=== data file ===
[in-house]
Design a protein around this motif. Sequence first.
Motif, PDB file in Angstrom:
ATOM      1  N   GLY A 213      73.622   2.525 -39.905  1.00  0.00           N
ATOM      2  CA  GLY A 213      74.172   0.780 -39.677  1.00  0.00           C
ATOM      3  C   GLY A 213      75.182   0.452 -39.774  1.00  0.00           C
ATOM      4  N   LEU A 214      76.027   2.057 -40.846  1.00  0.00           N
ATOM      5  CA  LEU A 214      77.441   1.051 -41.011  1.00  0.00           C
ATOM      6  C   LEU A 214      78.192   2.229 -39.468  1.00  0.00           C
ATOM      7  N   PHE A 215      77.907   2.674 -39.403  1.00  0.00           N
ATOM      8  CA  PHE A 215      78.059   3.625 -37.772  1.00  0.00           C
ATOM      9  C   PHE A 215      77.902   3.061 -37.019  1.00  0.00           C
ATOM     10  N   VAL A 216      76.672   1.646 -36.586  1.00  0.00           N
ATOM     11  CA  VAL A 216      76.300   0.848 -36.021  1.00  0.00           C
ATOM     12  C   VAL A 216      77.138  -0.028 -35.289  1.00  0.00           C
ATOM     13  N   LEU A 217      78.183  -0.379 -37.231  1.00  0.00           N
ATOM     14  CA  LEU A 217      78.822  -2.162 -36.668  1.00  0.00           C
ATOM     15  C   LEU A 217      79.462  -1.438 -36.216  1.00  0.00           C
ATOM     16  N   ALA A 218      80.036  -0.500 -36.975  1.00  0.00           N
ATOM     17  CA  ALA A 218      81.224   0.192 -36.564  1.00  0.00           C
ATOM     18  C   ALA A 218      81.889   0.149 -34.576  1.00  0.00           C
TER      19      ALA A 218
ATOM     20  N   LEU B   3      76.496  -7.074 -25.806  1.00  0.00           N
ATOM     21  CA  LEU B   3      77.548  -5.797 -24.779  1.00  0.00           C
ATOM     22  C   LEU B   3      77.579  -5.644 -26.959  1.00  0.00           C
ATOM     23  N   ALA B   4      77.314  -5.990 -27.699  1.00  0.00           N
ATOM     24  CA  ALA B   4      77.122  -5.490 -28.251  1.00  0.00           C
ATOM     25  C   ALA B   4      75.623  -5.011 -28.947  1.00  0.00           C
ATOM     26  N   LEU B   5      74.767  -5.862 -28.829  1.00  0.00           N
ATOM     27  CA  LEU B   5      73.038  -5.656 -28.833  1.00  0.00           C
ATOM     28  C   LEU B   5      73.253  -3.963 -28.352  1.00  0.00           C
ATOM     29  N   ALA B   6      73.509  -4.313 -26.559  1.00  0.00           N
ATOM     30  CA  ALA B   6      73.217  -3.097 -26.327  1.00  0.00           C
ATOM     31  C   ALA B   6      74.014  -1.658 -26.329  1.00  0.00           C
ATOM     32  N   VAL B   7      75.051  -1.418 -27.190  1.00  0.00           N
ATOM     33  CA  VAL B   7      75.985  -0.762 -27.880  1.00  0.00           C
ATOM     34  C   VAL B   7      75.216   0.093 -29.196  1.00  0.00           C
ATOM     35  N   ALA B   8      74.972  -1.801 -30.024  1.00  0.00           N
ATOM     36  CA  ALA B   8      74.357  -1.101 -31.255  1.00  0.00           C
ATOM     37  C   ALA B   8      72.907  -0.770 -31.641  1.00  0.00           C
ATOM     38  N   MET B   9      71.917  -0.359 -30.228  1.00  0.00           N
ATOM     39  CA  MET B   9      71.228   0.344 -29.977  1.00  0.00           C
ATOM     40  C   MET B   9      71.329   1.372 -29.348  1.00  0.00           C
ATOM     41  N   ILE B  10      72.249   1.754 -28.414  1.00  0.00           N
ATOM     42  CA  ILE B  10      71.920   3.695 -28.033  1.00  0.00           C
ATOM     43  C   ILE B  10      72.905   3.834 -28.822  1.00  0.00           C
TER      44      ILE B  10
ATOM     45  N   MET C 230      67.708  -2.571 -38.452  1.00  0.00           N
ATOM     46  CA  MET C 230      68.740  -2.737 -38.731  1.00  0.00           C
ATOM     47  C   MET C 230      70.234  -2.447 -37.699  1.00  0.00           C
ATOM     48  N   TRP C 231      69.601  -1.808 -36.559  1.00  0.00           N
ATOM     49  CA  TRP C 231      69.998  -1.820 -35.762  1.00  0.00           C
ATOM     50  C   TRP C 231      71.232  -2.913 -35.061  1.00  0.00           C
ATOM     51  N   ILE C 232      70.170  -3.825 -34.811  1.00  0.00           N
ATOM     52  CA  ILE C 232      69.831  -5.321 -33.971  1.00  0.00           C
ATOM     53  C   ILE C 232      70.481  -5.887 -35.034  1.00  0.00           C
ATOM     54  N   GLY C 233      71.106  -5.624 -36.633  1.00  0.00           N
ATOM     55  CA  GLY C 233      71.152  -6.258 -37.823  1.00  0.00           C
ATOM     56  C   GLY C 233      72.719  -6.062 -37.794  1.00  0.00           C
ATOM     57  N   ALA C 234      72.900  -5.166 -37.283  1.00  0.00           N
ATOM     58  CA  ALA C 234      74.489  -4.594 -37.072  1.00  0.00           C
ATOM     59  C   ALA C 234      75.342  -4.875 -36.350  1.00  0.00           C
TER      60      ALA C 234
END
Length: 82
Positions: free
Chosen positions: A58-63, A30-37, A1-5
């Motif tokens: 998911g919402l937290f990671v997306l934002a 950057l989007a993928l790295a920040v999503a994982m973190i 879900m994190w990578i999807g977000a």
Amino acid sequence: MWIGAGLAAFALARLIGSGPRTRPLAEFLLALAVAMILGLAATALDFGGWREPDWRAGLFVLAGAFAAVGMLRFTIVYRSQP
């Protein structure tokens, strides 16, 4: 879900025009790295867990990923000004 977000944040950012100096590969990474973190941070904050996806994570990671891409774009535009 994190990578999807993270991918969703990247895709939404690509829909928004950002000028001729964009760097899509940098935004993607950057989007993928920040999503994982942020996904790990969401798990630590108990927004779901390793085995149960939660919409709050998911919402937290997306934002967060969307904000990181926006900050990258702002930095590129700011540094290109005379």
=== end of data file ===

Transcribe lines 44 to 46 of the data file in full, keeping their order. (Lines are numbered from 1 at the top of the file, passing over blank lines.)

ATOM     41  N   ILE B  10      72.249   1.754 -28.414  1.00  0.00           N
ATOM     42  CA  ILE B  10      71.920   3.695 -28.033  1.00  0.00           C
ATOM     43  C   ILE B  10      72.905   3.834 -28.822  1.00  0.00           C